My feelings have always been that it is your birth — between the couple. So how can I provide support to both parties? Dad is in a unique position — labor rooms are not usually familiar to them or even comfortable. Attending hundreds of births has made them familiar and comfortable to me.Labor is also challenging in the emotions and stress it can bring up. Communication can be difficult. When the supporting dad is needed the most, it can be the most difficult time for the mom to communicate her needs. Having a “translator” in the room in the form of a doula can provide a link to this gap. The doula is in a position to suggest ways to help enhance dad’s comfort level. She can also do the small jobs of getting ice, changing the bed, lowering the lights, putting on the music, moving the car, getting coffee or food for the dad, answering the phone, etc., so dad can be freed to do the support work. Or I can do the support work to free the dad to do what he needs to do — call the office, check on the other children, update the family or just get a breath of air and a bite to eat.
Doulas never replace the dads, but are extra hands. A doula can help remind the dad when it is a good time for them to walk, take a shower, sit on a rocking chair, etc., so he doesn’t have to stress over remembering all of the information from the childbirth class.
See DONA article on Dads and Doulas.
Feedback/Testimonials from Dads …
Michael M., returning dad • We used Cyndi for the birth of both of our children. The first time, I was your expected skeptical dad.We are having our child in a hospital and I’ll be there, why do we need a doula? I couldn’t have been more wrong. Cyndi’s experience is the comfort you are buying. From the first consult to the delivery, Cyndi put our nerves to rest and calmed our fears. Her predictions were on the money, and it was such a relief to have someone to call with questions.You can like your doctor and your hospital, and we did; But the process is not a whole lot of handholding once you hit the doors of the hospital. Your OB and the hospital staff may not be available at all times, but Cyndi you can count on. She won’t let you down.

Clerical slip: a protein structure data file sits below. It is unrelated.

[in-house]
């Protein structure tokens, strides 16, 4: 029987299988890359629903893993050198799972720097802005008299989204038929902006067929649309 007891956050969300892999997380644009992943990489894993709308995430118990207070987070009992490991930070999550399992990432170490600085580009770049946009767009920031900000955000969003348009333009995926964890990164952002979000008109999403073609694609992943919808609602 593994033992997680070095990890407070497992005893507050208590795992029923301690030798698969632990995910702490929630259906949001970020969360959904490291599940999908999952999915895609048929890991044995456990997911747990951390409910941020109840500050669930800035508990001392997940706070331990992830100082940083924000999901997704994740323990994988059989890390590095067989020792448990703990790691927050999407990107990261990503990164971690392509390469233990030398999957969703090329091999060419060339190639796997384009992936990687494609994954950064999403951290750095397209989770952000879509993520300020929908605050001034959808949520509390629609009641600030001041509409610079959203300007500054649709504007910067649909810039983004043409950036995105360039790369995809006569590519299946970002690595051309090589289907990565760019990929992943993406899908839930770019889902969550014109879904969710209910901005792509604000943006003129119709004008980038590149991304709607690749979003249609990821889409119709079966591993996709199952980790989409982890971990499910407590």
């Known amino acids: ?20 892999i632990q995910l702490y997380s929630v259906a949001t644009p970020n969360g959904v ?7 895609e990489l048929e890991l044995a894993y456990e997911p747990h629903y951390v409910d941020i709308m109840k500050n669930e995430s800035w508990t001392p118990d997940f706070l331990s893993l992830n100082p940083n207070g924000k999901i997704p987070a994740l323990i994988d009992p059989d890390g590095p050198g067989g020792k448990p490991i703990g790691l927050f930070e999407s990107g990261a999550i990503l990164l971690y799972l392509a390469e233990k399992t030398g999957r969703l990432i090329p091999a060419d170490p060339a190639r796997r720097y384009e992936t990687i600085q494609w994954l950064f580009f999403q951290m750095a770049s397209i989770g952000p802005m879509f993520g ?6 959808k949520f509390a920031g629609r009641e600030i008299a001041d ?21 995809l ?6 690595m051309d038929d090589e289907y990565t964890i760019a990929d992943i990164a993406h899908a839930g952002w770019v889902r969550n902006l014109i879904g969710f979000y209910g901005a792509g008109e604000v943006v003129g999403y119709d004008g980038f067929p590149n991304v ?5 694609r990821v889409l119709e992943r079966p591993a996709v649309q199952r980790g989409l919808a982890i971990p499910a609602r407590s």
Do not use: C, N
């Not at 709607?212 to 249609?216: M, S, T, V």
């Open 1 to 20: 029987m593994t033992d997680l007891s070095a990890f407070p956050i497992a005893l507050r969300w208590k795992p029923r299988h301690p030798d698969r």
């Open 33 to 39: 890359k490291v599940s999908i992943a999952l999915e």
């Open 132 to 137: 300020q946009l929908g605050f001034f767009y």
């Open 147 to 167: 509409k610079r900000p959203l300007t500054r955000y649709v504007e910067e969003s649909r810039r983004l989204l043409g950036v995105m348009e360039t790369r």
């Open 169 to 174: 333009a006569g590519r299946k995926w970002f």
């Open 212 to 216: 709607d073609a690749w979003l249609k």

John D., second time dad • When my wife told me told me she wanted a doula to help with the birth of our second child, I was a bit skeptical. I had always thought child birth was an experience reserved for family. I soon realized your years of experience proved indispensable in helping my wife and I with the physical and emotional stresses of labor. Through your guidance, I was able to give my wife the support she at times didn’t know she needed. My wife and I are able to look back on the birth of our daughter Livia with fond memories. Thank you for helping to give my wife and I the birthing experience we always prayed for. It was an absolute pleasure to have you there with us!
Paul C. • Child birth is absolutely beautiful and absolutely terrifying for fathers. There is blood, sweat and tears. Wives need all the support you can muster and then some. Father’s like me need help. Yes, nurses and midwives (perhaps even a doctor) will pop into the delivery room with well intentioned quick visits, but 90% of the childbirth process is a father and his wife. Fathers: This is the biggest day of your life and you will have ample opportunity to mess things up. Forgive the sports analogy, but would you advise Joe Montana to go into Superbowl Sunday without his coach? Would you go to court without your attorney? I wouldn’t either. That’s why I strongly recommend hiring a doula. A doula has offered support to couples in dozens, perhaps hundreds, of deliveries. Every possible combination of delivery (naturally, induced, cesarean, you name it) she’s seen it and can help you to help your wife get through it. Let’s face it, you’ll be stressed, tired, scared and perhaps not at your cognitive best. Well intentioned medical professionals will be expecting you and your wife to make decisions, some of them very quick, and often they will try to steer you into decisions they think are best. A doula can explain to you the situation and help you understand your options before being rushed into decisions. Also, and perhaps more importantly, your wife will need support. Of course you will do what you can, but frankly, there is stuff you probably just don’t know, such as labor friendly sitting positions, labor massages, and countless other small but important things that will help get your wife through it. And realistically, labor can take several days (it did for me) and at some point you will need to get a bite to eat, or god forbid take a nap, and you will be thankful you have a doula. Your wife will be ecstatic!